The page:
Hartley TS16 Association of Australia

Administrating the Rules

Administering the Hartley TS16 Class Rules

Issue 3 – 9.3.2009

The Committee of Management of the Hartley Trailer Sailer 16 Association of Australia Inc. (the Committee) is sometimes asked how it goes about making decisions regarding the various class rules that govern the Hartley TS16 Class.

In making these decisions the first and overriding principle that the Committee follows is that it should act in the interests of the members as a whole rather than any individual member or group of members. However, while the benefit of members as a whole is paramount, the Committee also tries as far as possible to be fair to individual members.

Some of the matters the Committee considers in acting in the interests of members are;

  • safety
  • minimizing the cost of acquiring and owning a Hartley TS16
  • maintenance of the value of boats owned by members
  • the fairness of competition when racing.

Racing centre board boats need some class rules to ensure that the competition is fair. There are many types of class rule - they may be to do with measurements, number of crew, what equipment you must carry or are not allowed to carry, rigging arrangements and many other aspects. There are usually considered to be two types of class rules - those for development classes and those for one design classes. The basic difference is that with development classes there are few rules and building and fitting out the boat is part of the competition, whilst with one design classes there are many more rules and the aim is to as far as possible have the boats all the same and for the competition to be on the basis of sailing skills only. The Committee believes it is very much in the interests of the great majority of our members for our class to be administered as a one design class and that most members would want us to administer the class rules in that way.

There is sometimes discussion amongst members about the ideal shape for a Hartley TS16. From the Committee's perspective the ideal shape is the one using exactly the measurements in the plans produced by Richard Hartley. If all boats were able to be built to this accuracy competition would be completely fair and no one's boat would lose value because it was believed to have a shape less competitive than another. That way all members with "A" Class boats could rely on their current boat remaining competitive and its value being maintained if it was kept in good condition. For that reason, the Committee believes the aim should be to have all new boats built as closely to the original design as is practicable for amateur builders.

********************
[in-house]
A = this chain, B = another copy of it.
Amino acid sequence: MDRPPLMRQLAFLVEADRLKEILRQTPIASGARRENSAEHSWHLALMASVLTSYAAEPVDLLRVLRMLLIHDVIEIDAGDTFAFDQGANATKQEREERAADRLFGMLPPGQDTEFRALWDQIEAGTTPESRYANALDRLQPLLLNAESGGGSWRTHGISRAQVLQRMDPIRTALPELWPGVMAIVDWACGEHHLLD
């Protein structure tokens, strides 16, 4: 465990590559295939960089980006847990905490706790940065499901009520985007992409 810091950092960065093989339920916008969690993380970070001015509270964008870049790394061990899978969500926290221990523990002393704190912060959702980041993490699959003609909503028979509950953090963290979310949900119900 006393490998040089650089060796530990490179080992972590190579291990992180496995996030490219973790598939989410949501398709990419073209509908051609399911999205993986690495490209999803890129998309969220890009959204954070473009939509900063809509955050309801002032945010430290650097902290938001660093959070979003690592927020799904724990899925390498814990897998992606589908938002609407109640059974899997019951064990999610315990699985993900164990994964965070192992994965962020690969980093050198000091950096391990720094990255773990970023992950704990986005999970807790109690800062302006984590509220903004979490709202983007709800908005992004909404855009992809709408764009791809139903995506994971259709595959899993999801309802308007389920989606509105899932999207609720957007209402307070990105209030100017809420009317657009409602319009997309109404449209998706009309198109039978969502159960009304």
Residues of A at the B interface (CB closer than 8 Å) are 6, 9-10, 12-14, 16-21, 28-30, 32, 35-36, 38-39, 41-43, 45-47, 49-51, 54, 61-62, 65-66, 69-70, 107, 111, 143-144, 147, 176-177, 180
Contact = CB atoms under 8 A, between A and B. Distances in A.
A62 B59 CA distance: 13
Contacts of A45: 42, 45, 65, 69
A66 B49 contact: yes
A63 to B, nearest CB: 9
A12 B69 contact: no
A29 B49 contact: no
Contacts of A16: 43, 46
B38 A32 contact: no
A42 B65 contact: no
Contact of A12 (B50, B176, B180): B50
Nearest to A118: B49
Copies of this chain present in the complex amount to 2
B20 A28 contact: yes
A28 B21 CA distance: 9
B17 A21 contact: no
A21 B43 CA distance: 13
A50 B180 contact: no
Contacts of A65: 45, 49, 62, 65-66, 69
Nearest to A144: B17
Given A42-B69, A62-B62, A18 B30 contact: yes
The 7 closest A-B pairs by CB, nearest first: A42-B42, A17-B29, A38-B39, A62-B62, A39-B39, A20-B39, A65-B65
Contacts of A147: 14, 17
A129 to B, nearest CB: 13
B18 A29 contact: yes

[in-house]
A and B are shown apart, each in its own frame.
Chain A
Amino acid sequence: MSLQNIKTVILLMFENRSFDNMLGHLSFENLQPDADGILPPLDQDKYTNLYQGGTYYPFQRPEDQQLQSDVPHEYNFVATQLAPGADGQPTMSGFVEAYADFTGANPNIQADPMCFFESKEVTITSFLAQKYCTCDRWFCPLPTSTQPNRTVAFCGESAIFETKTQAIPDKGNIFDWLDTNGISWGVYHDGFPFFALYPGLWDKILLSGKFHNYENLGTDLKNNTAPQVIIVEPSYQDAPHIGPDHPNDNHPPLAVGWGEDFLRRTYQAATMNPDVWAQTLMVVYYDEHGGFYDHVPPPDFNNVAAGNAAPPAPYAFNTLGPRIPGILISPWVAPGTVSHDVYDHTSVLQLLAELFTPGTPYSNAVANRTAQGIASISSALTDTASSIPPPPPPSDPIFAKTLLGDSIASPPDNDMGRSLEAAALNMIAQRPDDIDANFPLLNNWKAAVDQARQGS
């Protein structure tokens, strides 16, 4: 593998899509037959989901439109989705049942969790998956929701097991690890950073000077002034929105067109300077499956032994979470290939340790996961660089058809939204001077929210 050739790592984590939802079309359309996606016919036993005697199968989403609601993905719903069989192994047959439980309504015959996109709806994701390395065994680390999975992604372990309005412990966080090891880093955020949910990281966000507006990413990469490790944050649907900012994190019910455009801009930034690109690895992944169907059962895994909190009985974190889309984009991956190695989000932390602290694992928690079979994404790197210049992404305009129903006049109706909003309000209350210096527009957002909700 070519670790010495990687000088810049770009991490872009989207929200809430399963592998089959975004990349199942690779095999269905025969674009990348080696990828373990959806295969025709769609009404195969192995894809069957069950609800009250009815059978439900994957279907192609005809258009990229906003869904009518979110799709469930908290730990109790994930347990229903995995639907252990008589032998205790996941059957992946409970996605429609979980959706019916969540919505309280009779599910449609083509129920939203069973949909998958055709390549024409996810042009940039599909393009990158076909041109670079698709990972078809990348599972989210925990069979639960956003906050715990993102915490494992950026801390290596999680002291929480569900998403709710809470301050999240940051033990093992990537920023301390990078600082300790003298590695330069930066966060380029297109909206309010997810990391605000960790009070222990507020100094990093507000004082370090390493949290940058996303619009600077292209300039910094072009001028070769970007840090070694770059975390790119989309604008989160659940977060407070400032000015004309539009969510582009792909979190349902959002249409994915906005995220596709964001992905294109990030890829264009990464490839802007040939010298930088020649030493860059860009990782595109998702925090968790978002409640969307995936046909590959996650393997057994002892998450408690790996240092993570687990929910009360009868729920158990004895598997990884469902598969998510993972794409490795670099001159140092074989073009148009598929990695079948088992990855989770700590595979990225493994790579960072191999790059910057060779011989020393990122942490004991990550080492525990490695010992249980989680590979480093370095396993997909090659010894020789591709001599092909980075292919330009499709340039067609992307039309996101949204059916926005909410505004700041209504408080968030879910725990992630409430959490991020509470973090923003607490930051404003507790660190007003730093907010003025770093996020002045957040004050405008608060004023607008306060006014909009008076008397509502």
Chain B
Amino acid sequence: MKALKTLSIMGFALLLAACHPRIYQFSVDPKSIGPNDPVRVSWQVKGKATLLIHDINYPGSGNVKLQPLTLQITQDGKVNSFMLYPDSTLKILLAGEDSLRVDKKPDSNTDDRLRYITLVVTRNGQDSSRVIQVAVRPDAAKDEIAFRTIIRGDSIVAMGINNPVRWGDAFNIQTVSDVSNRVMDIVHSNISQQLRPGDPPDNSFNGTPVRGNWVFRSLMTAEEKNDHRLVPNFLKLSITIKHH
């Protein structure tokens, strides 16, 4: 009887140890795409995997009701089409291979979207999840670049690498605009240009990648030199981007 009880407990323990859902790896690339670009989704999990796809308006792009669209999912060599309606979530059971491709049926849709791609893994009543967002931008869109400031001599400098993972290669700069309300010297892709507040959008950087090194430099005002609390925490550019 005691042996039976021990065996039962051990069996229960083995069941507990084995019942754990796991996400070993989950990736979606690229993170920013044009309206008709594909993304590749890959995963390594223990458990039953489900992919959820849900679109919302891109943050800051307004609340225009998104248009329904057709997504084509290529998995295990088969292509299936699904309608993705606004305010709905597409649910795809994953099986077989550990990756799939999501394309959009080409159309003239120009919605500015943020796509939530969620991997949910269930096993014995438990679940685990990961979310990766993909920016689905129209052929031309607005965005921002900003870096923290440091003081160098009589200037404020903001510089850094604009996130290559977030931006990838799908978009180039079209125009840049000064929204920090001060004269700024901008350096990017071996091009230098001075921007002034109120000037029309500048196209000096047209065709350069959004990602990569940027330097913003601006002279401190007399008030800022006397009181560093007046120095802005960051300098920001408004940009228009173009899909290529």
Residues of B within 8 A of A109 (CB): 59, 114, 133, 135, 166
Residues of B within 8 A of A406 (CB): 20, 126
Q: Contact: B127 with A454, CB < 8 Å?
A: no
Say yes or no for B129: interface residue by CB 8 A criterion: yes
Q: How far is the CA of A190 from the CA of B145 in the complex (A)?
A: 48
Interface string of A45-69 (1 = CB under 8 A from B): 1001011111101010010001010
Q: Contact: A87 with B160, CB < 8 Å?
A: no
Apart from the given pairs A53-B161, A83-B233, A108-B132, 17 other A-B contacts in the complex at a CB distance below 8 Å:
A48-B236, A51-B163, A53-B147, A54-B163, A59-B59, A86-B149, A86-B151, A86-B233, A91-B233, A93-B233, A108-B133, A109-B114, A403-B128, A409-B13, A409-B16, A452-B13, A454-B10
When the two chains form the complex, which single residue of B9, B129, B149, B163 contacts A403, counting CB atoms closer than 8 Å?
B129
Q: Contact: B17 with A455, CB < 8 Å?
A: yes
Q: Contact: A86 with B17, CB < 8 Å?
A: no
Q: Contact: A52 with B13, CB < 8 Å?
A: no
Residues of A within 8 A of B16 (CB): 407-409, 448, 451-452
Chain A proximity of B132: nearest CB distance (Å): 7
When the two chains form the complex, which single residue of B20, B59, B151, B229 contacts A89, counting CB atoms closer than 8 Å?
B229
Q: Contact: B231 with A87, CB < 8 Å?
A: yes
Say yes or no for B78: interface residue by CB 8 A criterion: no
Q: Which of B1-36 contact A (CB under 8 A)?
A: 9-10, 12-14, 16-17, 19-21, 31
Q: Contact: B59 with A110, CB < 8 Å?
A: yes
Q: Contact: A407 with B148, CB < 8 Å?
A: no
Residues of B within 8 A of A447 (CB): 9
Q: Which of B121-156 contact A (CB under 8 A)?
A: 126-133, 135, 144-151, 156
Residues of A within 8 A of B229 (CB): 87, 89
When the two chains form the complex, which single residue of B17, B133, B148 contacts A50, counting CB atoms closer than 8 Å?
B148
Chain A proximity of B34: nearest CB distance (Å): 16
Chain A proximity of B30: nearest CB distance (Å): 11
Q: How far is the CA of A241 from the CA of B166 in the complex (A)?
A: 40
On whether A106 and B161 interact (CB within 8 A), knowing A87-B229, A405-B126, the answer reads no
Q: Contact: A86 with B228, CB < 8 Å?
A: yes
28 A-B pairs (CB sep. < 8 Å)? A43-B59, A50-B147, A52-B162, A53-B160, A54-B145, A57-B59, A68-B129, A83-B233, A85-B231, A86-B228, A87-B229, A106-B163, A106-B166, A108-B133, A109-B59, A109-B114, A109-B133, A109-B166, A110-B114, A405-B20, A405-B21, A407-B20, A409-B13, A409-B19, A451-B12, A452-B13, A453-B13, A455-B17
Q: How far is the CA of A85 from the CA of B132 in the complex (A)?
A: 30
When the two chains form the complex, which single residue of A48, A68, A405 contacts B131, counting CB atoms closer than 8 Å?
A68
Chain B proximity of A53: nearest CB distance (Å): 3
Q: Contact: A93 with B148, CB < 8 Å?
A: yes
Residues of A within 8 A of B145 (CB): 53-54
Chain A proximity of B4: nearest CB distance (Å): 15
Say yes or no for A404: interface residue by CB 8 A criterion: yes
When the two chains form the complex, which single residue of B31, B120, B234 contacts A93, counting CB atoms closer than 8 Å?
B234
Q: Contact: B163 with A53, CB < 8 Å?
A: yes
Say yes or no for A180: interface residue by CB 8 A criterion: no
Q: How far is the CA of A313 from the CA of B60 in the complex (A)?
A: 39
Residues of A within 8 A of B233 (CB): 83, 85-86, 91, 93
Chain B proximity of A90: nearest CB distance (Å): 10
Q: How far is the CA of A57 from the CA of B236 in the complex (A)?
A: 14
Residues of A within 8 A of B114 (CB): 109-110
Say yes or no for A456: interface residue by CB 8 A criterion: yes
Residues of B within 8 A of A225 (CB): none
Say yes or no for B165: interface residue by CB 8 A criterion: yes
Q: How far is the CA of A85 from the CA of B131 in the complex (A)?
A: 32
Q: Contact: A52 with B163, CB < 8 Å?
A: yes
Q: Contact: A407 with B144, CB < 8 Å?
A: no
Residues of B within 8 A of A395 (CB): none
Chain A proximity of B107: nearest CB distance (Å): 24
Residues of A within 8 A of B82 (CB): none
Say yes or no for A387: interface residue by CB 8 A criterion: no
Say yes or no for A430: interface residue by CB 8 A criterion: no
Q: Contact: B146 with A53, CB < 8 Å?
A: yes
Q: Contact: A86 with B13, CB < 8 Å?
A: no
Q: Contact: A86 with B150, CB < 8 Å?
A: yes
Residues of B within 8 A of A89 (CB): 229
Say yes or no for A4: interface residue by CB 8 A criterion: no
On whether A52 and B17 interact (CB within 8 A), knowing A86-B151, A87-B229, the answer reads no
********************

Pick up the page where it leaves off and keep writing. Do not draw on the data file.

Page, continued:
However, in pursuing the objective of minimizing the cost of acquiring a TS16 the Committee also believes it should make every effort to create a situation where it is practicable for an amateur builder to build one at home. That was the basis of the original design and it was a major factor in the Committee proposing the approval of the foam sandwich on male mould form of construction a few years ago. While it would be ideal if all boats had identical measurements, it needs to be recognized that there is a limit to how accurately an amateur builder can work and that there needs to be some tolerance for minor inaccuracies.

To meet the above objectives the Committee believes that measurement tolerances it sets need to be sufficient to allow for unintentional errors by amateur builders, but not sufficient to allow a noticeable difference in performance in boats at the limit of the tolerances. The Committee believes the current measurement tolerances meet these requirements. However, it should be stressed that the tolerances are there to allow for unintentional errors by amateur builders and are not intended to allow a boat to be built differently to obtain competitive advantage, and that builders should be encouraged to build as closely to the nominal measurements as they can so that if they do make an unintentional error the tolerances will be sufficient to allow their boat to measure in.

Administering the class rules as described above means there needs to be strict control over the boats we allow to be classed officially as "A" Class TS16s. This will inevitably lead to debate at the margins over what is and is not allowable. One problem is that you would need something the size of the Encyclopaedia Britannica if you wanted to write down every possible thing that anyone might ever do that you would not want to allow. Not only would this be impossible to write, but also measurers would find it very onerous to check hundreds of rules to make sure they are all being followed. On the other hand, if we operate on the basis that if the class rules don't explicitly ban something you are allowed to do it, we run the risk of all sorts of odd things being done and the class going down the path of development classes. We could find older boats rapidly losing their value, the cost of competitive ownership increasing and the supply of competitive second hand boats drying up. This does not seem to be in the interests of the class or the members of our Association.

From the Committee of Management's perspective this means that if anyone is proposing to do something different to what is currently normal practice in building, equiping and sailing a TS16 he or she should ask the Committee for a ruling on whether what is proposed is acceptable. It cannot be assumed that just because something is not prohibited in the current rules it will be accepted. Examples of such situations which have occurred over the last couple of years include unusual shapes at the top of the mainsail, use of large handles or straps on the side of the cabin and the use of digital compasses. In each of these cases the committee of Management has provided a ruling which it believes is in the interest of the members of our Association as a whole.

20 October 2016